Dunkin Donuts District Manager Essay

1545 Words Mar 25th, 2015 7 Pages
Dunkin’ Donuts
Joe Schmoe
MGT 330: Management for Organizations
Prof. Frances Marvel
March 11, 2014

Dunkin Donuts
As a district manager, many responsibilities come with the job. District management is responsible for virtually all the operations in the company with respect to the business goals that have been set out in the company plan. This is especially the case when the district assigned is a group of new area start-ups. District managers are responsible for the allocation of resources, hiring, training and managing teams. The roles of a district manager starting new Dunkin’ Donuts locations are no different yet they include the responsibility for a smooth start. These added responsibilities include job design,
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Organizational Design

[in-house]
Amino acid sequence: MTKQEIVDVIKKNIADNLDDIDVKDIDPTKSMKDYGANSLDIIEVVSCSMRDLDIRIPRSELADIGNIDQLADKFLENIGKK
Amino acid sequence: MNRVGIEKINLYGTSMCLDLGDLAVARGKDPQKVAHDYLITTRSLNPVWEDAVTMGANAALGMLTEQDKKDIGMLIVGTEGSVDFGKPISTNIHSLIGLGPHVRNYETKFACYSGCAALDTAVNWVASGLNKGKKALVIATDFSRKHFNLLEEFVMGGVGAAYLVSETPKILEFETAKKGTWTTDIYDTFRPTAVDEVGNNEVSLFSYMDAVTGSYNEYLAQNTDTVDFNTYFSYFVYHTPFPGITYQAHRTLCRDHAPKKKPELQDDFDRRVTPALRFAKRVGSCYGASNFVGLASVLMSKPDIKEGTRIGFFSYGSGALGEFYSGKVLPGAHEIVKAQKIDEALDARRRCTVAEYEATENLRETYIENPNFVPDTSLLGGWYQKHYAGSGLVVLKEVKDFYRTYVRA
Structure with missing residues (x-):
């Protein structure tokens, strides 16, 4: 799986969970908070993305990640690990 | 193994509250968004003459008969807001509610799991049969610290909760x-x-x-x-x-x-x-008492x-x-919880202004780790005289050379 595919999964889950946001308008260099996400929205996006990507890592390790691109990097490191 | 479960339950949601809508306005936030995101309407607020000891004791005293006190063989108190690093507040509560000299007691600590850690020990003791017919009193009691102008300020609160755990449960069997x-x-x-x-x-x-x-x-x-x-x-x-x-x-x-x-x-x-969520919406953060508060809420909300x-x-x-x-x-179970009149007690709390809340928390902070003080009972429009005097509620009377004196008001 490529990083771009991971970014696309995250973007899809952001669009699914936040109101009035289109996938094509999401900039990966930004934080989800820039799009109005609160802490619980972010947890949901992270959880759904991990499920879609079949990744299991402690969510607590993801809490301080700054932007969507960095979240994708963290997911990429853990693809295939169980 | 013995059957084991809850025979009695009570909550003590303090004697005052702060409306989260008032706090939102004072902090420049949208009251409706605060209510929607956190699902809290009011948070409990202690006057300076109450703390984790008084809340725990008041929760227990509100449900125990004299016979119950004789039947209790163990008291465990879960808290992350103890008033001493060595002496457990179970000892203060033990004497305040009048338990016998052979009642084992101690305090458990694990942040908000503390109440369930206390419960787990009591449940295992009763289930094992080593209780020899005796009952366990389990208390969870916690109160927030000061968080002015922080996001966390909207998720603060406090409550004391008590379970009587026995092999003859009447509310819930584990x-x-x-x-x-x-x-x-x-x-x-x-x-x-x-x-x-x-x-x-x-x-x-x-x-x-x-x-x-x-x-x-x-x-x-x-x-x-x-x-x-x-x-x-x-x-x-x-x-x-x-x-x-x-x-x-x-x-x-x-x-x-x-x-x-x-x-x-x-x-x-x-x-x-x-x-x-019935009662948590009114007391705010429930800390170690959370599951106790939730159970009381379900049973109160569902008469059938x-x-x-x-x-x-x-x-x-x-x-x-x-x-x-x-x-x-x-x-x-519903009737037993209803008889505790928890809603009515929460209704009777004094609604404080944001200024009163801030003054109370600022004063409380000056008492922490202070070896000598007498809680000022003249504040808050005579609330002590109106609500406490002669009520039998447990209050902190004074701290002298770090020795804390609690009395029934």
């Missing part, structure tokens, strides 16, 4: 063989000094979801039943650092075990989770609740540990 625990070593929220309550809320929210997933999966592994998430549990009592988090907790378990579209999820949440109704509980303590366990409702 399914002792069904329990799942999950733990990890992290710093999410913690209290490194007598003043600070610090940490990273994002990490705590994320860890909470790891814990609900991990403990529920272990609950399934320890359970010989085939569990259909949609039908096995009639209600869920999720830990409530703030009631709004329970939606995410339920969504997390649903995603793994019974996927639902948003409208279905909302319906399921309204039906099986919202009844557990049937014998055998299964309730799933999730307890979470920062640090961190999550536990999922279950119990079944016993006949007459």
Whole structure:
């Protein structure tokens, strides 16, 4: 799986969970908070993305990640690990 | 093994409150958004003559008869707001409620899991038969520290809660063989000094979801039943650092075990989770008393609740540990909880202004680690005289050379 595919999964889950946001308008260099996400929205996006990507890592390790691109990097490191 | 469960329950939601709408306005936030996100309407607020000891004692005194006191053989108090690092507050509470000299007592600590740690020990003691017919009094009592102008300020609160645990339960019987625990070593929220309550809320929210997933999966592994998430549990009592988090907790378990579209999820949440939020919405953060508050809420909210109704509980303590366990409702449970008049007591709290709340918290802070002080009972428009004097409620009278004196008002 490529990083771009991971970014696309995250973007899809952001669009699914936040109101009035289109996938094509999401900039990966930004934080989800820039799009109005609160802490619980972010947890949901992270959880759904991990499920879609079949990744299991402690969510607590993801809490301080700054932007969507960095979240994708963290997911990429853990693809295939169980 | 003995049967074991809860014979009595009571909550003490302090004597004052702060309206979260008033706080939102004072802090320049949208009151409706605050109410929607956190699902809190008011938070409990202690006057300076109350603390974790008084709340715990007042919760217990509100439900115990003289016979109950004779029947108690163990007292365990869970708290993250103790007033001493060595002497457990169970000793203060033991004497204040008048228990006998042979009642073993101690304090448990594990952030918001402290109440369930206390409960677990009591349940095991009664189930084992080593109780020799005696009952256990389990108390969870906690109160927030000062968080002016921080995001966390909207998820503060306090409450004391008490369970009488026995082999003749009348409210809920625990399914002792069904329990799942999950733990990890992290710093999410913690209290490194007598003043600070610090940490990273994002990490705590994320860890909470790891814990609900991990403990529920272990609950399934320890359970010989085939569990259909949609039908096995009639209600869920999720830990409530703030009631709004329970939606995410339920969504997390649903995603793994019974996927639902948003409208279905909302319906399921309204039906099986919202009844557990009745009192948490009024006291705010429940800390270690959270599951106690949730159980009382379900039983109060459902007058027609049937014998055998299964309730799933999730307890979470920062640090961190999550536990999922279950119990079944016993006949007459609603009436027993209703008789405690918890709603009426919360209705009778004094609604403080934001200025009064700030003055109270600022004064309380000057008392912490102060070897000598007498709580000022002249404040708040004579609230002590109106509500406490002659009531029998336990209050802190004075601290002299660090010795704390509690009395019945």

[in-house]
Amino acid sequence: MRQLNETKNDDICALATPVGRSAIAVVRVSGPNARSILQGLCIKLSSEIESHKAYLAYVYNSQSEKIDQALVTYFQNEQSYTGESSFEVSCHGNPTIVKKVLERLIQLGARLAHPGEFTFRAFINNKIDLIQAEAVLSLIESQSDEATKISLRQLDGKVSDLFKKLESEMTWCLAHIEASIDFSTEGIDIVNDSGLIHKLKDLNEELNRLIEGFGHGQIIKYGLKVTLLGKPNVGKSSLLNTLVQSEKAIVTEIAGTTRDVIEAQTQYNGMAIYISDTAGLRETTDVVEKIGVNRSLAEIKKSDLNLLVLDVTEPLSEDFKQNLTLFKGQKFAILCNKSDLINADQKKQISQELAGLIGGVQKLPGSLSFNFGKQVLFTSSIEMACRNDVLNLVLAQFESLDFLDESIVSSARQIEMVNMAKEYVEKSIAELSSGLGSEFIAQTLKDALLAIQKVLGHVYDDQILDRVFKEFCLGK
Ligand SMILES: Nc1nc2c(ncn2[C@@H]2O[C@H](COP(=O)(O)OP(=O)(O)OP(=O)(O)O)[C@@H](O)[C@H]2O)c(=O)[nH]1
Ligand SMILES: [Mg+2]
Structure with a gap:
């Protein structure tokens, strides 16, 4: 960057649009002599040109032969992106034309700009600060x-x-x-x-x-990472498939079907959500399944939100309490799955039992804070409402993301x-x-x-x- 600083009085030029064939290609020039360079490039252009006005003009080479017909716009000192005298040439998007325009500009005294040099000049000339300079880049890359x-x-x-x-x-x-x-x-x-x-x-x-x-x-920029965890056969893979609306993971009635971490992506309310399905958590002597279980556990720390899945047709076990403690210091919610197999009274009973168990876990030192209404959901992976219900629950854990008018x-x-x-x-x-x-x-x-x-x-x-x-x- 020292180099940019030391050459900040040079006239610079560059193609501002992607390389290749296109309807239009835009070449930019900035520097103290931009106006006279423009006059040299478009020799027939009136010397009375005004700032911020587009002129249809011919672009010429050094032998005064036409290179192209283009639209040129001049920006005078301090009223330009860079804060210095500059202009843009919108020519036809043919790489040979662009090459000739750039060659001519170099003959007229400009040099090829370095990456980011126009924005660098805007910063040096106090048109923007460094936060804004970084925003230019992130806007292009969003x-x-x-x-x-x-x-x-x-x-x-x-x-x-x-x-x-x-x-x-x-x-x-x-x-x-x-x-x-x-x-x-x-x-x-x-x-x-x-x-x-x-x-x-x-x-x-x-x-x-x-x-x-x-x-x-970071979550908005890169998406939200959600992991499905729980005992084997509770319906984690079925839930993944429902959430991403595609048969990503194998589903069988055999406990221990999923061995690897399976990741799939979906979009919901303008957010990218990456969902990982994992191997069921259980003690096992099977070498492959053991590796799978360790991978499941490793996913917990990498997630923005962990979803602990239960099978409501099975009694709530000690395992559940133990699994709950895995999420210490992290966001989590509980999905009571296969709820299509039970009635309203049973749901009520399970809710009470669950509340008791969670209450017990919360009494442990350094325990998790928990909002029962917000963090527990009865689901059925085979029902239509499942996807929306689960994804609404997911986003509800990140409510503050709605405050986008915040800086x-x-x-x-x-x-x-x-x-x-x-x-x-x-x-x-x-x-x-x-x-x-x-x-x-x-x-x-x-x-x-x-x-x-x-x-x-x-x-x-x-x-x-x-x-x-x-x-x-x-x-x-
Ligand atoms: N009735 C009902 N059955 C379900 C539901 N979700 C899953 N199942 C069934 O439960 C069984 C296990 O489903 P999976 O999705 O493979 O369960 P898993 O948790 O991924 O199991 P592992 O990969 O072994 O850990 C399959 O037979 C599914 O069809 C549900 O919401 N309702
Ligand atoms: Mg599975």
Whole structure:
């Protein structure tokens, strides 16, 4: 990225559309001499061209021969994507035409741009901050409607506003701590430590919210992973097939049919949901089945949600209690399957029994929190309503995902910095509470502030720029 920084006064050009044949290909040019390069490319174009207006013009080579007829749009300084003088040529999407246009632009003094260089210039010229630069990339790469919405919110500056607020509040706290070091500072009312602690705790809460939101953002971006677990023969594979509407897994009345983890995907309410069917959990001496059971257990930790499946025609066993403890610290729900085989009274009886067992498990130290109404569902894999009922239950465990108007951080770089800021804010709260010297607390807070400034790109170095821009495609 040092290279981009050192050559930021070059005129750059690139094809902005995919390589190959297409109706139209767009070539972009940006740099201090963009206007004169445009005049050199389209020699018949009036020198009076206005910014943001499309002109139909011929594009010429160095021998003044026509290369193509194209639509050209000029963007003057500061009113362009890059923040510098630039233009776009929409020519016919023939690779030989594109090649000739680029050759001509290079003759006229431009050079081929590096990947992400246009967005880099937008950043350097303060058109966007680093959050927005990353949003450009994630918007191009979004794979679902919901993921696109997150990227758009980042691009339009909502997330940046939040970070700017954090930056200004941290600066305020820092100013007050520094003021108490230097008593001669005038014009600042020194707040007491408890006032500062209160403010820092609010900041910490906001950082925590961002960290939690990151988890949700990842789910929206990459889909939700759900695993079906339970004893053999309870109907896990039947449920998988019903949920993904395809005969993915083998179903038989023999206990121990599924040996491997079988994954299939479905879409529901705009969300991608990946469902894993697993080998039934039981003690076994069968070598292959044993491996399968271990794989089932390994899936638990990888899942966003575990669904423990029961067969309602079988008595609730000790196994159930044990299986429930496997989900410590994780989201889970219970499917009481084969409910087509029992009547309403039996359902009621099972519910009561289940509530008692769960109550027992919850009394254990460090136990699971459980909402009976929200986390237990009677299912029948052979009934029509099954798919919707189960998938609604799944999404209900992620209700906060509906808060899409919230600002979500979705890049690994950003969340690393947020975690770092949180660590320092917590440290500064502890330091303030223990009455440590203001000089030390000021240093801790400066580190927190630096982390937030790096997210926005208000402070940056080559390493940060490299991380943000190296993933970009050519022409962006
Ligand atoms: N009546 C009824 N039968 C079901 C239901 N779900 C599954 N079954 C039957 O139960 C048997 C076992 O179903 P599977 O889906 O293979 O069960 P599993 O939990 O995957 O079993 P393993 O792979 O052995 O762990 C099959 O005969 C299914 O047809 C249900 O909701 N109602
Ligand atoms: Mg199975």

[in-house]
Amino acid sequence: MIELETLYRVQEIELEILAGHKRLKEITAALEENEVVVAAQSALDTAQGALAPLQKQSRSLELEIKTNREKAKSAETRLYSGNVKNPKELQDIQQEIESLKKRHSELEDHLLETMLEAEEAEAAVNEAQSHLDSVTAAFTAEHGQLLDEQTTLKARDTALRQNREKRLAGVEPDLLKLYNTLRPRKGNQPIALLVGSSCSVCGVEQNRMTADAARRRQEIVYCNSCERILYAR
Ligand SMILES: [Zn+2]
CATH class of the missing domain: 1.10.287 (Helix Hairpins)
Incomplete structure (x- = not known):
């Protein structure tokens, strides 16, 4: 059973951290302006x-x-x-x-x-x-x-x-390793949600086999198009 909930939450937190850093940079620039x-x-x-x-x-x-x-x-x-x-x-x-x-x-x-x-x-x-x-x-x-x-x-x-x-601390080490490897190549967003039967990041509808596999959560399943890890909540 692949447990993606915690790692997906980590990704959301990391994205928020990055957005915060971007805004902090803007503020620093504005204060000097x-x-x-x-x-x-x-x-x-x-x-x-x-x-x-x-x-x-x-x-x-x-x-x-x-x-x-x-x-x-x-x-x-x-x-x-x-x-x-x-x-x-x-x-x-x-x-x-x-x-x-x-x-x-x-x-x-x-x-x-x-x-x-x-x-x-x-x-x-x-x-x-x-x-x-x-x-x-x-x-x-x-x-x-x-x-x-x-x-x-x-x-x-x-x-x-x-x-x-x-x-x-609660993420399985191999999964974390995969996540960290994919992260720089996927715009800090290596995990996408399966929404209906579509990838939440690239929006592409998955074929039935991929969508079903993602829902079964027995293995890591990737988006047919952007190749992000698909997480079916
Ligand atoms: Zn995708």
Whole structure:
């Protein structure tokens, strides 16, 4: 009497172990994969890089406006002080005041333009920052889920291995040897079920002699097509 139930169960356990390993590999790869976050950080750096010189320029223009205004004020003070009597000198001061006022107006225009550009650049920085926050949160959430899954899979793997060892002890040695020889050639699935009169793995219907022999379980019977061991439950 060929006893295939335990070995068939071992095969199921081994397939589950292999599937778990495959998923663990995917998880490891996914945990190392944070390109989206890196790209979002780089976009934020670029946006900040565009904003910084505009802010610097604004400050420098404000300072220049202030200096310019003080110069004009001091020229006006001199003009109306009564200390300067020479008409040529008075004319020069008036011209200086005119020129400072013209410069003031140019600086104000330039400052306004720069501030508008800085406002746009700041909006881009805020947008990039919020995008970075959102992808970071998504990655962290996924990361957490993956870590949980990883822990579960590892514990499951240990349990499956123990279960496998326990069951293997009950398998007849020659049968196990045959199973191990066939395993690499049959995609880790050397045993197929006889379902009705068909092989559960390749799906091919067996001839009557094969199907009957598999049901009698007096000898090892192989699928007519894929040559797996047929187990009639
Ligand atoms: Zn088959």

In my opinion, the organizational design of a functional structure with decentralized, organic tendency are best suited for our new operating locations. Henry Mintzberg stated that functional structure allows for top-level control with expertise maintained in the individual departments (as cited in Baack, et al., 2014). As a whole, a functional organization is best suited as a producer of standardized goods and services at large volume and low cost (Miles & Snow, 1992). The Dunkin’ Donuts mission statement, “Dunkin Donuts will strive to be the dominant retailer of high quality donuts, bakery products and beverages in each metropolitan market in which we choose to compete” is best facilitated by functional structure standardization. A functional structure will ensure that customers experience the same high quality product and service no matter which location they visit. The organizing of specialization will lead to operational efficiency where employees become specialists within their own realm of expertise. In a decentralized, organic structure, daily operations and decision-making responsibilities are delegated to middle and lower-level managers within the organization. This structuring allows employees to utilize their knowledge and expertise for more efficient decision-making, also allowing for fewer links in the chain of command. This type of moderate autonomy is critical in a franchise-based enterprise

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